INTRODUCTION: The aim of this study was to review information about risk factors for lower extremity running injuries in both short-distance (mean running distance ≤20 km/week and ≤10 km/session) and long-distance runners (mean running distance >20km/week and >10 km/session).
MATERIALS AND METHODS: Electronic databases were searched for articles published up to February 2019. Prospective cohort studies using multivariable analysis for the assessment of individual risk factors or risk models for the occurrence of lower extremity running injuries were included. Two reviewers independently selected studies for eligibility and assessed risk of bias with the Quality in Prognostic Studies tool. The GRADE approach was used to assess the quality of the evidence.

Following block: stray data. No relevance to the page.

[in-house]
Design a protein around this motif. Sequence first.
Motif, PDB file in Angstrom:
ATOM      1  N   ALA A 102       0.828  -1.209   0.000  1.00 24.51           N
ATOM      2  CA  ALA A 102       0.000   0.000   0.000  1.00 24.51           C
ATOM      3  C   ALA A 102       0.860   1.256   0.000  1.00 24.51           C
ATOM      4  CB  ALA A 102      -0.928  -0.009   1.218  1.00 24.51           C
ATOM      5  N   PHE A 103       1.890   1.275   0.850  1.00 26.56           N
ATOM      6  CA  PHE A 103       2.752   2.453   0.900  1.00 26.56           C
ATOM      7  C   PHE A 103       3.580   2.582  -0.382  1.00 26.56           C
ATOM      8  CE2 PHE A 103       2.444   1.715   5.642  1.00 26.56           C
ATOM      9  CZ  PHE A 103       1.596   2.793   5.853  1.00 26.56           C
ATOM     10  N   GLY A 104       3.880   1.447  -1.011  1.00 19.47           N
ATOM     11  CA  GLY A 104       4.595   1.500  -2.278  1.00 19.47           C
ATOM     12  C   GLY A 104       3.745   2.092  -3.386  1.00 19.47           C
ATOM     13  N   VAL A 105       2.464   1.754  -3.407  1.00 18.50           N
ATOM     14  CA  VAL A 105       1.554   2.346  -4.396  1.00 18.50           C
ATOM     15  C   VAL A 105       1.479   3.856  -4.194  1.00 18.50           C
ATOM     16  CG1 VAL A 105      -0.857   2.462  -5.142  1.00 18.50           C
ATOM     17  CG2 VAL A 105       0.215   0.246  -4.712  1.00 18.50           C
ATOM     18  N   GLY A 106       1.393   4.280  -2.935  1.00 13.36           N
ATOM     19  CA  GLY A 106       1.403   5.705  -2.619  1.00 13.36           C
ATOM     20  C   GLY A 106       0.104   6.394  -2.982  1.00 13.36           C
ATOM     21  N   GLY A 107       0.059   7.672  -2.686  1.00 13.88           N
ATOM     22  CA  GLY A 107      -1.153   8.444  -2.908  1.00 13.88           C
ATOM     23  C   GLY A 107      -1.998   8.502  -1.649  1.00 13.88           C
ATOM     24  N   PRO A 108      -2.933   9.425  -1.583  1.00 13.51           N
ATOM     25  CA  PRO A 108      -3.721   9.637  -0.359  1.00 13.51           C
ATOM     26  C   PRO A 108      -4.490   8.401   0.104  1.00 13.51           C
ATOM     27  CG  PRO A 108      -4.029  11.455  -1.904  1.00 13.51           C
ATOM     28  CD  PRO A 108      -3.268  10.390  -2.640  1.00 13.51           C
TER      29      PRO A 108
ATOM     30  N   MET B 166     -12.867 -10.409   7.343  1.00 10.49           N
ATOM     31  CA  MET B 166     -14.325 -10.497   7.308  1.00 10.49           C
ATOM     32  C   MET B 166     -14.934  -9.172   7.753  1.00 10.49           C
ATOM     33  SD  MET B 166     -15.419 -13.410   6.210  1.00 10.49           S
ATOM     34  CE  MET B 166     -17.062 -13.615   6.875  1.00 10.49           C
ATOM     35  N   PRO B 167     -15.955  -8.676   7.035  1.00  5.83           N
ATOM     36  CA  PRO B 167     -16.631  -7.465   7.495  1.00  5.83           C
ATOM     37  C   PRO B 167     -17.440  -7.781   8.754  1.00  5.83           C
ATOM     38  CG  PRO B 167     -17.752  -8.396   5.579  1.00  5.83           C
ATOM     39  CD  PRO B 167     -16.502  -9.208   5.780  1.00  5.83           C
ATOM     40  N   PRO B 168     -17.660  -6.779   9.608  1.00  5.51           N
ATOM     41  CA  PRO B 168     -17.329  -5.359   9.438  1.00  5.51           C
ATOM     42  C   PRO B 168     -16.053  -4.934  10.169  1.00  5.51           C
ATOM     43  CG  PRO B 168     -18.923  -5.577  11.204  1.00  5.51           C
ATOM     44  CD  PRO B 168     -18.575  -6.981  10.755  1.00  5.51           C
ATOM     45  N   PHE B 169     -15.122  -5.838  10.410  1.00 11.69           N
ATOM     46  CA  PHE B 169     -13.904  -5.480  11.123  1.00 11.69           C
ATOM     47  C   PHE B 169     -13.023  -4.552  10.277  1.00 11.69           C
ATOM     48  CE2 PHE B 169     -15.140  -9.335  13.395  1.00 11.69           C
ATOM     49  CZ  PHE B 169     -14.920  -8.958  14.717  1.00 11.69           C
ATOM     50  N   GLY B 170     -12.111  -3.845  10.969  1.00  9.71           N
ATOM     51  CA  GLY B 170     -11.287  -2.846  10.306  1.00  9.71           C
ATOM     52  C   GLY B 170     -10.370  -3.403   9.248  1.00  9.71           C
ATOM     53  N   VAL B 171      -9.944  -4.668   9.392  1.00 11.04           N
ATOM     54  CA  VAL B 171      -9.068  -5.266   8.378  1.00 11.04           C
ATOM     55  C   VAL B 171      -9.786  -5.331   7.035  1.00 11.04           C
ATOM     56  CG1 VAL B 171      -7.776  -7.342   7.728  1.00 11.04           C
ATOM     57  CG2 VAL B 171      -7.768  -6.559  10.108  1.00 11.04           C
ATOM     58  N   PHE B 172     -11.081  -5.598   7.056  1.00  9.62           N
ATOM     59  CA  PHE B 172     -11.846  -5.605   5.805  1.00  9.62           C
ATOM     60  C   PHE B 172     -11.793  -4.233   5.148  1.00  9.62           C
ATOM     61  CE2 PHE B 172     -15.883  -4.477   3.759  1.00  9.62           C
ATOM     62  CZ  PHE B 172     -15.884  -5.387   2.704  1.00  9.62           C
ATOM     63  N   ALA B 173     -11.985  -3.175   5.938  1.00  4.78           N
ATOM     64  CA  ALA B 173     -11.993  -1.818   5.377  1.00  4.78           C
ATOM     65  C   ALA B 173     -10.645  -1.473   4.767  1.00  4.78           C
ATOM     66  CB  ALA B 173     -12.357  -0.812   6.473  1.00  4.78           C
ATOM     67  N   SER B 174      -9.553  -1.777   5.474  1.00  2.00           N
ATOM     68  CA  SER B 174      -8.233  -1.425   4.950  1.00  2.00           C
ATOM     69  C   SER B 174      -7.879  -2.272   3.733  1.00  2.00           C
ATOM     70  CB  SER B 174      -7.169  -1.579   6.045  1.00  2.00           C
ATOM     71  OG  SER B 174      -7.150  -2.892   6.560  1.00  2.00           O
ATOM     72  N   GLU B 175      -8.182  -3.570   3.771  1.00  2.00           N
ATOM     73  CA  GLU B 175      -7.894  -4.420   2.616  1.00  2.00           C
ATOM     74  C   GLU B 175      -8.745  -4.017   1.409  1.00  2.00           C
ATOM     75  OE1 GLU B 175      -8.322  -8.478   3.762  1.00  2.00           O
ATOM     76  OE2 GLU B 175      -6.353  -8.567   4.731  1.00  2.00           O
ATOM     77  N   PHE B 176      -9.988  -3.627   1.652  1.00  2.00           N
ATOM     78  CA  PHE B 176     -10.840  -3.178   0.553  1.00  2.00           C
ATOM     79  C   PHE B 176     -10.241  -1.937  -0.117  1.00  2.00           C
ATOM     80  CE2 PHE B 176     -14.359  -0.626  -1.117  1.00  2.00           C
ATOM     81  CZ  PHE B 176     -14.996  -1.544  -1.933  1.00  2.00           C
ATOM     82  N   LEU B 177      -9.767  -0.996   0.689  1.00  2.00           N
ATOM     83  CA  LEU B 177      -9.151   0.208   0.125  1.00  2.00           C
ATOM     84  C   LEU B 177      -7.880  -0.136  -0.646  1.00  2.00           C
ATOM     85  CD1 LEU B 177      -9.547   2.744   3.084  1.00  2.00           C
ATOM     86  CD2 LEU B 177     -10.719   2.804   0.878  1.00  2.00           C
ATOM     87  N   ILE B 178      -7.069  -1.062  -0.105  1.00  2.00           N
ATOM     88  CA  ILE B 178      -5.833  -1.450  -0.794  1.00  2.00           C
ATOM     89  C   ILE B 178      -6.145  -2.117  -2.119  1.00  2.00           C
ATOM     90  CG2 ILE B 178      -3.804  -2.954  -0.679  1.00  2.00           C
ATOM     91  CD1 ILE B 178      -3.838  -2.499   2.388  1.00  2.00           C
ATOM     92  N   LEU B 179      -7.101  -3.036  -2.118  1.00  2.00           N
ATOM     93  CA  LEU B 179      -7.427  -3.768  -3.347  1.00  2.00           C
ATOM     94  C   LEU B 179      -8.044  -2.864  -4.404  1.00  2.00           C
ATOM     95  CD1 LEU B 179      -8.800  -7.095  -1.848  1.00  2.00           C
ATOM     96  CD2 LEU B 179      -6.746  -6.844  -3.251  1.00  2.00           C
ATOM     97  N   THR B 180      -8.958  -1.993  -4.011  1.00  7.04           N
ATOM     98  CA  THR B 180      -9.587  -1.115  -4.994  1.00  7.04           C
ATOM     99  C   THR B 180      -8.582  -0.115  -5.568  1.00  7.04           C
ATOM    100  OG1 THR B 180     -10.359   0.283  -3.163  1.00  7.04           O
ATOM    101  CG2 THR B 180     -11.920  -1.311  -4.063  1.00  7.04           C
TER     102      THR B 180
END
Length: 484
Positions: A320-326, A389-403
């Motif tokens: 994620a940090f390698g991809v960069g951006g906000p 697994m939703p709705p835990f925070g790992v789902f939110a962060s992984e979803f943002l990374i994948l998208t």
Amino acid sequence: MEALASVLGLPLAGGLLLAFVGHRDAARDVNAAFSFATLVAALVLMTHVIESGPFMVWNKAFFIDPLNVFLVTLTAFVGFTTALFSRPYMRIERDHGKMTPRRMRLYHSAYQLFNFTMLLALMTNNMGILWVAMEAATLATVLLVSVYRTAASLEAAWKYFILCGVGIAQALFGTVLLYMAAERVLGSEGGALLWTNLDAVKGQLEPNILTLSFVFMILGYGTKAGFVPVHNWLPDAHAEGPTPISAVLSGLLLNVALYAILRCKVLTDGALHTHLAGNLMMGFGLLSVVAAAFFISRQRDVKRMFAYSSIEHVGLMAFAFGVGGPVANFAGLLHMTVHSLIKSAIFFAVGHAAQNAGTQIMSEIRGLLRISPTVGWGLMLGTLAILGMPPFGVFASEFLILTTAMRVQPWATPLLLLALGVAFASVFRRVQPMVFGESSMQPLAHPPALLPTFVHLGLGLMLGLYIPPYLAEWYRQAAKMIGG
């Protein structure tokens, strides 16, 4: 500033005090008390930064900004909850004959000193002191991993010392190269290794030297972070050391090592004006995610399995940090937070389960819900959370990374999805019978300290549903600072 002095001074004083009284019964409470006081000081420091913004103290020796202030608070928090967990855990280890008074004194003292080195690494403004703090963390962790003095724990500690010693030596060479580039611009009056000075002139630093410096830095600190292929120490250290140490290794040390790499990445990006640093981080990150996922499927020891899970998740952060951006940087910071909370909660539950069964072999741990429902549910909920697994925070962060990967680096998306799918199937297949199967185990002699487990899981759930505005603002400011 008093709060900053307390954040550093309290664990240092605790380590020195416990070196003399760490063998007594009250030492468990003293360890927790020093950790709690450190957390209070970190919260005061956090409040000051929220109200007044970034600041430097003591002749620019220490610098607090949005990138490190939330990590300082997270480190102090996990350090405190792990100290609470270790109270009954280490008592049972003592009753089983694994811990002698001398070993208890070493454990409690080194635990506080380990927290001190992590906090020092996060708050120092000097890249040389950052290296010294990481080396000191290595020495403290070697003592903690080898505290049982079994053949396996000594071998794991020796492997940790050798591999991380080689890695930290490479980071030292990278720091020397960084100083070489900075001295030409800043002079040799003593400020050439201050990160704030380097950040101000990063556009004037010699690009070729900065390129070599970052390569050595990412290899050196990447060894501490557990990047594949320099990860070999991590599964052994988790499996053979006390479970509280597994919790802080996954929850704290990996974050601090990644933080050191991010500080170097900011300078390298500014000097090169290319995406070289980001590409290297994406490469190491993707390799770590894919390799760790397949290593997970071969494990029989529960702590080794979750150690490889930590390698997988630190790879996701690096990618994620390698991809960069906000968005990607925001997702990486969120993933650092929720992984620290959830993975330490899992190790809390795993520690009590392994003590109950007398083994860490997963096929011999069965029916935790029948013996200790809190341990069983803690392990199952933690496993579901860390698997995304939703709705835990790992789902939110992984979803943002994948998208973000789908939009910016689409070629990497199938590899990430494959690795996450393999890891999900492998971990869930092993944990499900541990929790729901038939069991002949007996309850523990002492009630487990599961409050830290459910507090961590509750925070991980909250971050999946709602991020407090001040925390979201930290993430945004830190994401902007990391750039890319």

RESULTS: A total of 29 studies were included; 17 studies focused on short-distance runners, 11 studies focused on long-distance runners and 1 study focused on both types of runners. A previous running-related injury was the strongest risk factor for an injury for long-distance runners, with moderate-quality evidence. Previous injuries not attributed to running was the strongest risk factor for an injury for short-distance runners, with high-quality evidence. Higher Body Mass Index, higher age, sex (male), having no previous running experience and lower running volume were strong risk factors, with moderate quality evidence, for short-distance runners. Low-quality evidence was found for all risk models as predictors of running-related injuries among short- and long-distance runners.
CONCLUSION: Several risk factors for lower-extremity injuries have been identified among short- and long-distance runners, but the quality of evidence for these risk factors for running-related injuries (RRIs) is limited. Running injuries seem to have a multifactorial origin both in short- and long-distance runners.